The UK could advance quickly in the CBD sector if key post-Brexit changes in regulation are enacted to allow the harvesting and processing of hemp flowers, and if THC limits for industrial hemp are aligned with global trends.
First, letting farmers harvest the entire hemp plant would give them a decided advantage in supplying the UK’s €345 million domestic CBD market that now depends entirely on imports, according to a report put together by drug reform group Volteface that is backed by Tory members of parliament and hemp agriculture interests.
Current UK rules allow hemp to be grown to harvest seeds and fiber, but flowers must be destroyed under the Misuse of Drugs Act, unless the producer has license to manufacture controlled drugs from the Home Office. Flowers and leaves can be used only by companies holding licenses to produce cannabis medicines or work with medical research facilities.
Pre-Brexit, the UK was an outlier among other EU member states in that most countries allowed the harvesting of all parts of the hemp plant. That situation saw foreign CBD makers establish beachheads in the fast growing UK CBD market, second biggest in Europe behind Germany, as potential local producers were relegated to the sidelines.
The Volteface report suggests Priti Patel, the Home Secretary, could simply amend current rules to allow hemp flowers, without new legislation, by requesting the necessary changes from her drug advisers.
In addition to allowing flower production, the post-Brexit UK government has an opportunity to give local producers a major advantage in the CBD sector by setting THC limits for industrial hemp at a full 1.0% for field tests, as many Latin American and Asian countries have done.
In Europe, the increased barrier would put UK producers on a par with those in non-EU member Switzerland, which also has a 1.0% THC limit.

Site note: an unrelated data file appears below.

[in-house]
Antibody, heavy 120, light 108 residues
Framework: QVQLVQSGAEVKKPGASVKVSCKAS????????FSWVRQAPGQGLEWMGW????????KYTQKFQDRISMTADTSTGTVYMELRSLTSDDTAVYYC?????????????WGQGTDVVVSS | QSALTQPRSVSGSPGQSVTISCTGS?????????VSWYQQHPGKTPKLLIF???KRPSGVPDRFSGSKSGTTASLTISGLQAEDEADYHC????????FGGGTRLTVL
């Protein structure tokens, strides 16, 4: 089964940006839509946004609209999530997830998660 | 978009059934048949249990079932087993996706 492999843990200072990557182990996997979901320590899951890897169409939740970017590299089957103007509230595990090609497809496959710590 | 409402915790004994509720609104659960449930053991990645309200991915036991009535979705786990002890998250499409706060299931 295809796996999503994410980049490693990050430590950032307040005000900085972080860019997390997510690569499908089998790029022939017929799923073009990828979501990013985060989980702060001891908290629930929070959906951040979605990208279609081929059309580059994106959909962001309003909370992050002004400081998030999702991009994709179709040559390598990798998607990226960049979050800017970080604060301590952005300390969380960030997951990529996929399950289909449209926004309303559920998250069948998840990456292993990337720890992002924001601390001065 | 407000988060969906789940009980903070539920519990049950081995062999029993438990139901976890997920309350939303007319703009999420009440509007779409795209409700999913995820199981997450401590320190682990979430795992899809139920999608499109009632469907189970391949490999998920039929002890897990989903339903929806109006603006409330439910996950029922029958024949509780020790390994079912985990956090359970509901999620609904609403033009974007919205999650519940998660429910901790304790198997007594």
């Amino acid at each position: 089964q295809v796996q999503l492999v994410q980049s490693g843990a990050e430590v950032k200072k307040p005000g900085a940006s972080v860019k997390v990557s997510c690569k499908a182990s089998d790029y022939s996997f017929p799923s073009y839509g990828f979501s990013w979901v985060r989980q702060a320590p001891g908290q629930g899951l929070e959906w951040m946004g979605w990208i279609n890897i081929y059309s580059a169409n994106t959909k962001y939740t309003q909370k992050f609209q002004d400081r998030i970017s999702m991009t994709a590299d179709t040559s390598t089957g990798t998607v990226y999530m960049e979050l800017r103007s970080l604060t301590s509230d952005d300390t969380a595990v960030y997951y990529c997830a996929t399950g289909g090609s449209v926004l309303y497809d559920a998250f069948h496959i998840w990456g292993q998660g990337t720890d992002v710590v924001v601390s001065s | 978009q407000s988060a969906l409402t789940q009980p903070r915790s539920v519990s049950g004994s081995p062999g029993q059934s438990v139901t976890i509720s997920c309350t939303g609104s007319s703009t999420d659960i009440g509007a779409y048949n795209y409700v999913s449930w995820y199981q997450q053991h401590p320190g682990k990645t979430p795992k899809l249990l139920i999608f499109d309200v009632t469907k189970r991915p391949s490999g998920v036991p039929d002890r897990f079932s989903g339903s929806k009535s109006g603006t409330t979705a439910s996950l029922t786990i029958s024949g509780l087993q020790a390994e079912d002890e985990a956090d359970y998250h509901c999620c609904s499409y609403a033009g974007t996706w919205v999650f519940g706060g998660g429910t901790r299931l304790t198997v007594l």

The British Hemp Alliance (BHA) and other stakeholders have called for the establishment of the 1.0% THC standard, which would make production more efficient because CBD rises in proportion to THC in industrial hemp, meaning greater CBD yield per plant. That would give UK producers a critical edge over EU countries, which continue to operate under a highly restrictive 0.2% THC limit (expected to rise insignificantly to 0.3% in 2023).
“(We have) a situation where we are in danger of missing out on a potentially enormous global industry,” former Transport Minister George Freeman, a Tory MP, recently told the Telegraph.
“We could have an industrial hemp industry that would be good for British farming and agriculture; we would not rely on imports so much to develop these products and that would be good for the balance of trade,” Freeman said.
Freeman and senior Tory MPs Iain Duncan Smith, a former Conservative leader, and former Justice Minister Crispin Blunt, have said they support changes to allow hemp flower production in the UK.
Some observers have said there is scant chance that a radical re-orientation of the UK’s hemp regulations would be enacted. That’s because the UK’s Home Office, which regulates hemp under the Misuse of Drugs Act, appears disinclined toward drafting new rules.
But clarification of CBD’s legality in the EU, and rescheduling of cannabis by the UN’s Commission on Narcotic Drugs late last year could cause the government to take a renewed look at changes that would let the sector develop.
Perhaps most encouraging, the UK has already lain a path for CBD products to be approved as food. The Food Standards Agency started validating CBD Novel Food applications this month, and said it will be advancing products through the food safety regime on an ongoing basis. That’s a clear signal that CBD products are here to stay on the UK market. Domestic production would seem to be the next logical step.
Beyond hemp flowers and CBD production, the BHA has said hemp can be the catalyst for development of small enterprises and boost the fortunes of farmers while contributing to sustainability and rural development goals.
Environment Minister Victoria Prentis has said hemp will be included in a planned project by the Department for Environment, Food and Rural Affair that will explore the potential use of underdeveloped or novel crops. That report will also focus specifically on the role hemp can play in the bioeconomy, and the broader opportunities it presents for UK farmers.
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